-Richard Koo–If you don’t believe me, believe him

An alternative to popular faith
Listen to Richard Koo’s tape at http://www.ritholtz.com/blog/2009/11/richard-koo-great-recessions-lessons-learned-from-japan/comment-page-1/#comment-233008. He says some of what I have been saying for the past 15 years. Federal deficit spending is absolutely, positively necessary for economic growth.

I hope our government leaders listen to him, though I doubt they will. They sure haven’t listened to me. The reason: The debt hawks have the nation worried, because they equate federal debt with personal debt. So you hear that your grandchildren will have to pay the debt, and large deficits cause inflation, and surpluses are more prudent than deficits — none of which are true.

So, we struggle with trying to provide universal health care, which the government can and should provide, while debt fear negatively impacts the physical and financial health of millions.

Deficit spending grows the economy and can provide health care, too — and it never needs to be paid back. Never. But Congress, the President and most of the economists simply don’t get it. They don’t even look at our economic history, which repeatedly shows long-term deficit spending is necessary for long-term economic growth.

Rodger Malcolm Mitchell

5 thoughts on “-Richard Koo–If you don’t believe me, believe him

  1. Japan’s GDP in 1990 was about $3 trillion (in U.S. dollars). Today, twenty years later, it is about $4.9 trillion, an average annual increase of 2.5%. What would their GDP have been had the Japanese government spent less?

    I haven’t done much research regarding Japan, whose economic situation is different from ours. But I do know this about the U.S.: All seven U.S. recessions in the 40 years following the end of the gold standard, have come on the heels of reduced deficit growth, and all seven recoveries have come during increased deficit growth. Meanwhile, federal tax rates have declined.

    What does this mean? It means increased deficit growth stimulates and reduced deficit growth depresses. It also means the debt hawks’ repeated statements that deficits are “unsustainable,” will be “paid for by our children and grandchildren,” “divert resources from the private sector” or “hinder private saving and spending” simply are not true. In fact, the reverse is true.

    Unfortunately, the debt hawks are so convinced of their position, they feel no need to look at data, but instead rely on what their intuition tells them should be true. You can read more about this in many of the other posts on this site, and at http://www.rodgermitchell.com

    Rodger Malcolm Mitchell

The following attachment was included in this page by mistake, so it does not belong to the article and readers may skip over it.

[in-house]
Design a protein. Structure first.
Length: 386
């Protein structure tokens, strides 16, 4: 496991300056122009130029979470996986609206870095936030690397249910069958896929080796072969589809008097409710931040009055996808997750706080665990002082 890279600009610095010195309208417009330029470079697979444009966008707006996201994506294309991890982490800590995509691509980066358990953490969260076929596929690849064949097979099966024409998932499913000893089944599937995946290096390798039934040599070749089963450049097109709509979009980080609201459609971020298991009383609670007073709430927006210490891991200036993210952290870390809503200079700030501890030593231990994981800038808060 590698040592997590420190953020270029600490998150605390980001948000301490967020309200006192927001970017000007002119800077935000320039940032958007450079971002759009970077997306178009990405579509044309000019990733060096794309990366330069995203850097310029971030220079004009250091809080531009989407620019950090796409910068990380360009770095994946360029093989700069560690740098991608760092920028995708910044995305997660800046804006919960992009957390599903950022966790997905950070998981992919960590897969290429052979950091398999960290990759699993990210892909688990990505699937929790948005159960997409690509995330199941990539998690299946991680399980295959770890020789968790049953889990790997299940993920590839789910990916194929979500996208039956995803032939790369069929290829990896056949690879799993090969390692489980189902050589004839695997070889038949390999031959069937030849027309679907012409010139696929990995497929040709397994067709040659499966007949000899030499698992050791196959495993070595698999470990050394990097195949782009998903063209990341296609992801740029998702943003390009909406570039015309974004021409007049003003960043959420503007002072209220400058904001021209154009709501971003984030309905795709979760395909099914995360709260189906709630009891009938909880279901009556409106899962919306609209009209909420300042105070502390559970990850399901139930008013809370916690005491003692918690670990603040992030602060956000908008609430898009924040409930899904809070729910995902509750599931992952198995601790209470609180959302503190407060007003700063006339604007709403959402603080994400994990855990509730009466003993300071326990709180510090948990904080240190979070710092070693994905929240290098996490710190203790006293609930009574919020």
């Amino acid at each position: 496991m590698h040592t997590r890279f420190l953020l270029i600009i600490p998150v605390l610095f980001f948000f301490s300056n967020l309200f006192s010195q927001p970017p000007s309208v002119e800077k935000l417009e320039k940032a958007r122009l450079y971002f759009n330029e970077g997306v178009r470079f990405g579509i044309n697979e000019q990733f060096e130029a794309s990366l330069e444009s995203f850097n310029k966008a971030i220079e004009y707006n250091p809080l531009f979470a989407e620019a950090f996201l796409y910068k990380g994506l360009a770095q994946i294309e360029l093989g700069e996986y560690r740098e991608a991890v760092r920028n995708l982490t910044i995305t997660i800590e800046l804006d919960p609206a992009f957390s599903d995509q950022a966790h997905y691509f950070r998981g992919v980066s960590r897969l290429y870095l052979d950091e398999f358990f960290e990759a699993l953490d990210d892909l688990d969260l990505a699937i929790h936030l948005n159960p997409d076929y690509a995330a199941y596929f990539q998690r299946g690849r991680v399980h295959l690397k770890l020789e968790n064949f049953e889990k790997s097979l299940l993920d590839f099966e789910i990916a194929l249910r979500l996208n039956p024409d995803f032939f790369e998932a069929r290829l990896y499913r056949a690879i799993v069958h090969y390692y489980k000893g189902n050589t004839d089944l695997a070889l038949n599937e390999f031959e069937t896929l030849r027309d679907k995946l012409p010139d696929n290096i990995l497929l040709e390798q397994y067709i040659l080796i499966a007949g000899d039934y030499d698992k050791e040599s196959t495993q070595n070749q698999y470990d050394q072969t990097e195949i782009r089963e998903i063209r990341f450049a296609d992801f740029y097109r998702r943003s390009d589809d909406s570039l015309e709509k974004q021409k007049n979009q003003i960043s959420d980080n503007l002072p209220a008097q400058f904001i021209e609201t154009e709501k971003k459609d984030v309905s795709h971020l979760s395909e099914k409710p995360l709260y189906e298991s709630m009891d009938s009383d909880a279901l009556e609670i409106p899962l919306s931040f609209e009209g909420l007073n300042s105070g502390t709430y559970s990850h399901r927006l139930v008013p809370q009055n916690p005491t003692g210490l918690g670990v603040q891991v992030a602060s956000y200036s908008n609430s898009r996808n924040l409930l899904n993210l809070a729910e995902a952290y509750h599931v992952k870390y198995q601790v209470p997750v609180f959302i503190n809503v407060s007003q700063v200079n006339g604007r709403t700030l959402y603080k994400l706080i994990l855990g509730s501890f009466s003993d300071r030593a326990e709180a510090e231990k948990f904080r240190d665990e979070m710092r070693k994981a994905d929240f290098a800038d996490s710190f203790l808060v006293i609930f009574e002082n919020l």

2. An example of what piling up debt does for an economy. This from Mish’s blog:

    John Mauldin: Some readers wrote this week telling me I am far too worried about a rising government deficit. Right now we are at roughly 42% of debt to GDP. In 1989, at the start of the lost decades, Japan had a debt-to-GDP ratio of 51%. Now it is at 178%, and the world has not come to an end for them. In fact, they are running massive government deficits today and plan to do so for a long time. Why, I am asked, can’t we be like Japan?

    In 1989, private Japanese debt (businesses and consumers) was at a debt-to-GDP ratio of 212%. Now it is at 110%. And the total of both government and private debt is roughly the same (within 5%) of where it was 20 years ago. Along with running large trade surpluses, private debt has been exchanged for government debt. Savings have fallen from the mid-teens to about 2% today, as the country is rapidly aging and now using its savings to live on. And how much has all that government spending helped the country?

    John Mauldin Quoting Hoisington: For all intents and purposes, Japan has had no growth for almost two decades. Their nominal GDP is where it was 17 years ago, and the number of employed people is at 20-years-ago levels. An aging population has masked their unemployment problems, as older citizens retire. Their savings went to government debt. Taxes were raised numerous times. Since government deficit spending has no long-term multiplier effect, growth has been nonexistent.


  3. Mr. Brown,
    Rather than creating an overly-long post, let me focus on this: “Taxes were raised numerous times. Since government deficit spending has no long-term multiplier effect, growth has been nonexistent.

    Obviously, raising taxes “numerous times” has a negative effect on an economy. That clearly was a bad move, presumably brought on by the debt hawks’ mistaken belief deficits should be minimized.

    More important is your comment about “long-term multiplier effect.” The context indicate you believe this multiplier effect is beneficial. However, it begs two questions:

    1. When the federal government deficit spends, the money goes into the private sector, which first deposits the money in banks. How does this not result in a multiplier effect?

    2. To say the multiplier effect benefits the economy is to say additional money benefits the economy. How then does federal deficit spending not add money to the economy and not benefit the economy?

    Rodger Malcolm Mitchell


  4. To answer your questions, when the consumer is tapped out and business is afraid to borrow, there is no multiplier effect and this is exactly what is going on with the economy at the present time. Richard Koo describes this process in his book. He calls for the government to simply spend more money.


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